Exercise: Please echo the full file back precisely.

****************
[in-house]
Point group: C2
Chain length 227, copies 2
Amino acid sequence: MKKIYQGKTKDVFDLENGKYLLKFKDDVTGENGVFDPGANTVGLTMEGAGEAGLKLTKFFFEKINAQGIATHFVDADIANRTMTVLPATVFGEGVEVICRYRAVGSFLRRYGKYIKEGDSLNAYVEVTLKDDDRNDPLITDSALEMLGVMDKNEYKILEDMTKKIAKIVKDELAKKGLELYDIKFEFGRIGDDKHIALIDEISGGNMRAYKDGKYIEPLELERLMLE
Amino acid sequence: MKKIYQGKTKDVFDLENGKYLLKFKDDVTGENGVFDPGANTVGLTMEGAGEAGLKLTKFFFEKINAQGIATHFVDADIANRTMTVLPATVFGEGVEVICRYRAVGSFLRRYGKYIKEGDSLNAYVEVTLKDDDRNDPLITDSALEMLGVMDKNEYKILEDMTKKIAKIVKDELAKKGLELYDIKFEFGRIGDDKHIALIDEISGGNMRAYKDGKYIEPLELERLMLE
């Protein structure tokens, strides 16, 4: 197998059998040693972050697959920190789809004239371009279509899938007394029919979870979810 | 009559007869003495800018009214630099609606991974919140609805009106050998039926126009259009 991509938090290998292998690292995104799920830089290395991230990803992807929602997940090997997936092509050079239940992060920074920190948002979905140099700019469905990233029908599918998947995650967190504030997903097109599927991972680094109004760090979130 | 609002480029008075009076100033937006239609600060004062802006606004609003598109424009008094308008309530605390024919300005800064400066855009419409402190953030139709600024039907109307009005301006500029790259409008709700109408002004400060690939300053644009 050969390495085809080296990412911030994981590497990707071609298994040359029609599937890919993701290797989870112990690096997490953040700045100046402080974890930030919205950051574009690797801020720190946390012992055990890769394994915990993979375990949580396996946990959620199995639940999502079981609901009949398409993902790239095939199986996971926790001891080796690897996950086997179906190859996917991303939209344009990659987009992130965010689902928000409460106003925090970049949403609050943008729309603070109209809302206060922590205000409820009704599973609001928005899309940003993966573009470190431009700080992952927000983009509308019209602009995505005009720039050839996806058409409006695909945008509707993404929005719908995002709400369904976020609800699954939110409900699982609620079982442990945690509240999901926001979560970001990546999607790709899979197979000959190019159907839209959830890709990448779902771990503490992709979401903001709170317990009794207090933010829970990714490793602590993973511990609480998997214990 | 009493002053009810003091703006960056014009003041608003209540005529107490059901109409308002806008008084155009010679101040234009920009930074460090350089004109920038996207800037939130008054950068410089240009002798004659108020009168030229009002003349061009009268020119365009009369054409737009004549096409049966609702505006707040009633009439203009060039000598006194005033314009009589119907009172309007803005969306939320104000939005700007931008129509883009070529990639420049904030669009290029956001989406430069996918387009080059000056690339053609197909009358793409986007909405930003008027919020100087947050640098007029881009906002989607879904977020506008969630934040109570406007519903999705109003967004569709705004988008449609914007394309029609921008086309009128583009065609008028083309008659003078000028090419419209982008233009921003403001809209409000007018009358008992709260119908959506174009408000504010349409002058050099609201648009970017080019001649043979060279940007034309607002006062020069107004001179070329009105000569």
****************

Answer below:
[in-house]
Point group: C2
Chain length 227, copies 2
Amino acid sequence: MKKIYQGKTKDVFDLENGKYLLKFKDDVTGENGVFDPGANTVGLTMEGAGEAGLKLTKFFFEKINAQGIATHFVDADIANRTMTVLPATVFGEGVEVICRYRAVGSFLRRYGKYIKEGDSLNAYVEVTLKDDDRNDPLITDSALEMLGVMDKNEYKILEDMTKKIAKIVKDELAKKGLELYDIKFEFGRIGDDKHIALIDEISGGNMRAYKDGKYIEPLELERLMLE
Amino acid sequence: MKKIYQGKTKDVFDLENGKYLLKFKDDVTGENGVFDPGANTVGLTMEGAGEAGLKLTKFFFEKINAQGIATHFVDADIANRTMTVLPATVFGEGVEVICRYRAVGSFLRRYGKYIKEGDSLNAYVEVTLKDDDRNDPLITDSALEMLGVMDKNEYKILEDMTKKIAKIVKDELAKKGLELYDIKFEFGRIGDDKHIALIDEISGGNMRAYKDGKYIEPLELERLMLE
């Protein structure tokens, strides 16, 4: 197998059998040693972050697959920190789809004239371009279509899938007394029919979870979810 | 009559007869003495800018009214630099609606991974919140609805009106050998039926126009259009 991509938090290998292998690292995104799920830089290395991230990803992807929602997940090997997936092509050079239940992060920074920190948002979905140099700019469905990233029908599918998947995650967190504030997903097109599927991972680094109004760090979130 | 609002480029008075009076100033937006239609600060004062802006606004609003598109424009008094308008309530605390024919300005800064400066855009419409402190953030139709600024039907109307009005301006500029790259409008709700109408002004400060690939300053644009 050969390495085809080296990412911030994981590497990707071609298994040359029609599937890919993701290797989870112990690096997490953040700045100046402080974890930030919205950051574009690797801020720190946390012992055990890769394994915990993979375990949580396996946990959620199995639940999502079981609901009949398409993902790239095939199986996971926790001891080796690897996950086997179906190859996917991303939209344009990659987009992130965010689902928000409460106003925090970049949403609050943008729309603070109209809302206060922590205000409820009704599973609001928005899309940003993966573009470190431009700080992952927000983009509308019209602009995505005009720039050839996806058409409006695909945008509707993404929005719908995002709400369904976020609800699954939110409900699982609620079982442990945690509240999901926001979560970001990546999607790709899979197979000959190019159907839209959830890709990448779902771990503490992709979401903001709170317990009794207090933010829970990714490793602590993973511990609480998997214990 | 009493002053009810003091703006960056014009003041608003209540005529107490059901109409308002806008008084155009010679101040234009920009930074460090350089004109920038996207800037939130008054950068410089240009002798004659108020009168030229009002003349061009009268020119365009009369054409737009004549096409049966609702505006707040009633009439203009060039000598006194005033314009009589119907009172309007803005969306939320104000939005700007931008129509883009070529990639420049904030669009290029956001989406430069996918387009080059000056690339053609197909009358793409986007909405930003008027919020100087947050640098007029881009906002989607879904977020506008969630934040109570406007519903999705109003967004569709705004988008449609914007394309029609921008086309009128583009065609008028083309008659003078000028090419419209982008233009921003403001809209409000007018009358008992709260119908959506174009408000504010349409002058050099609201648009970017080019001649043979060279940007034309607002006062020069107004001179070329009105000569």